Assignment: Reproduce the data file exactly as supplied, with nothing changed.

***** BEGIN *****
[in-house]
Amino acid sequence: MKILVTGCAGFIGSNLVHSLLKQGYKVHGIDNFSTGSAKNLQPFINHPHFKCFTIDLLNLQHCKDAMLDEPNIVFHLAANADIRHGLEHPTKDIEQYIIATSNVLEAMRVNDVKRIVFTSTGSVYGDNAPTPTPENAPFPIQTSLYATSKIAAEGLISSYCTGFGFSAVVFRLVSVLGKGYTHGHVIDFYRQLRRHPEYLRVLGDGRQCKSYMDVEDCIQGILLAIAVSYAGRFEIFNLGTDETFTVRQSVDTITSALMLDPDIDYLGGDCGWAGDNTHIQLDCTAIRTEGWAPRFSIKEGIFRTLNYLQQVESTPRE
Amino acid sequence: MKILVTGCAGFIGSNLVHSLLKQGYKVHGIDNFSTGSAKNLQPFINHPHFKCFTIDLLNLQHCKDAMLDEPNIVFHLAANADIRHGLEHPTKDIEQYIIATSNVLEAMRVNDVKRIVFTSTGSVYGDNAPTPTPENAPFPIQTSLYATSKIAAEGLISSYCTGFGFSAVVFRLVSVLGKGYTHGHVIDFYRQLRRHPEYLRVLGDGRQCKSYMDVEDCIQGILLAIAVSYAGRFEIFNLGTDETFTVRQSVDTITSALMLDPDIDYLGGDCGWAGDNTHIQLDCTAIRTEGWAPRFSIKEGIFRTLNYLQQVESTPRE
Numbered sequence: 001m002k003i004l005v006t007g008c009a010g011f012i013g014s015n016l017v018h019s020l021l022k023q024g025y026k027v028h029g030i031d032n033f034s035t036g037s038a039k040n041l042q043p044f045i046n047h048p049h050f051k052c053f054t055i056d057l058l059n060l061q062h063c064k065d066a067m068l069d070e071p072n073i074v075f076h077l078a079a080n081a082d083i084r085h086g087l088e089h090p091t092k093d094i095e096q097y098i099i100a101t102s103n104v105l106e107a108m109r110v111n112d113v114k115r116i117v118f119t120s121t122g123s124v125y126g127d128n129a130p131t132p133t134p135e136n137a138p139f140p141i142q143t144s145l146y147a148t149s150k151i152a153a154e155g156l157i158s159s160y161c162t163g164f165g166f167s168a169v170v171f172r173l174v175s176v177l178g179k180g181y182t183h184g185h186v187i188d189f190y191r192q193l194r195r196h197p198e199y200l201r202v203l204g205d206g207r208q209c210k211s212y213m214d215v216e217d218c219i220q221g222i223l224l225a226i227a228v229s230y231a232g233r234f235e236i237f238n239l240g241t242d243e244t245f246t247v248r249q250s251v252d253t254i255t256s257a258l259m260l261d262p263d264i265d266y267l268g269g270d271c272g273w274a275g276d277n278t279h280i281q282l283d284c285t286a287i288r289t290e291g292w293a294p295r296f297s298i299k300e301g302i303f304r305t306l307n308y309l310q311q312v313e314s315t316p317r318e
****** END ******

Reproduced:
[in-house]
Amino acid sequence: MKILVTGCAGFIGSNLVHSLLKQGYKVHGIDNFSTGSAKNLQPFINHPHFKCFTIDLLNLQHCKDAMLDEPNIVFHLAANADIRHGLEHPTKDIEQYIIATSNVLEAMRVNDVKRIVFTSTGSVYGDNAPTPTPENAPFPIQTSLYATSKIAAEGLISSYCTGFGFSAVVFRLVSVLGKGYTHGHVIDFYRQLRRHPEYLRVLGDGRQCKSYMDVEDCIQGILLAIAVSYAGRFEIFNLGTDETFTVRQSVDTITSALMLDPDIDYLGGDCGWAGDNTHIQLDCTAIRTEGWAPRFSIKEGIFRTLNYLQQVESTPRE
Amino acid sequence: MKILVTGCAGFIGSNLVHSLLKQGYKVHGIDNFSTGSAKNLQPFINHPHFKCFTIDLLNLQHCKDAMLDEPNIVFHLAANADIRHGLEHPTKDIEQYIIATSNVLEAMRVNDVKRIVFTSTGSVYGDNAPTPTPENAPFPIQTSLYATSKIAAEGLISSYCTGFGFSAVVFRLVSVLGKGYTHGHVIDFYRQLRRHPEYLRVLGDGRQCKSYMDVEDCIQGILLAIAVSYAGRFEIFNLGTDETFTVRQSVDTITSALMLDPDIDYLGGDCGWAGDNTHIQLDCTAIRTEGWAPRFSIKEGIFRTLNYLQQVESTPRE
Numbered sequence: 001m002k003i004l005v006t007g008c009a010g011f012i013g014s015n016l017v018h019s020l021l022k023q024g025y026k027v028h029g030i031d032n033f034s035t036g037s038a039k040n041l042q043p044f045i046n047h048p049h050f051k052c053f054t055i056d057l058l059n060l061q062h063c064k065d066a067m068l069d070e071p072n073i074v075f076h077l078a079a080n081a082d083i084r085h086g087l088e089h090p091t092k093d094i095e096q097y098i099i100a101t102s103n104v105l106e107a108m109r110v111n112d113v114k115r116i117v118f119t120s121t122g123s124v125y126g127d128n129a130p131t132p133t134p135e136n137a138p139f140p141i142q143t144s145l146y147a148t149s150k151i152a153a154e155g156l157i158s159s160y161c162t163g164f165g166f167s168a169v170v171f172r173l174v175s176v177l178g179k180g181y182t183h184g185h186v187i188d189f190y191r192q193l194r195r196h197p198e199y200l201r202v203l204g205d206g207r208q209c210k211s212y213m214d215v216e217d218c219i220q221g222i223l224l225a226i227a228v229s230y231a232g233r234f235e236i237f238n239l240g241t242d243e244t245f246t247v248r249q250s251v252d253t254i255t256s257a258l259m260l261d262p263d264i265d266y267l268g269g270d271c272g273w274a275g276d277n278t279h280i281q282l283d284c285t286a287i288r289t290e291g292w293a294p295r296f297s298i299k300e301g302i303f304r305t306l307n308y309l310q311q312v313e314s315t316p317r318e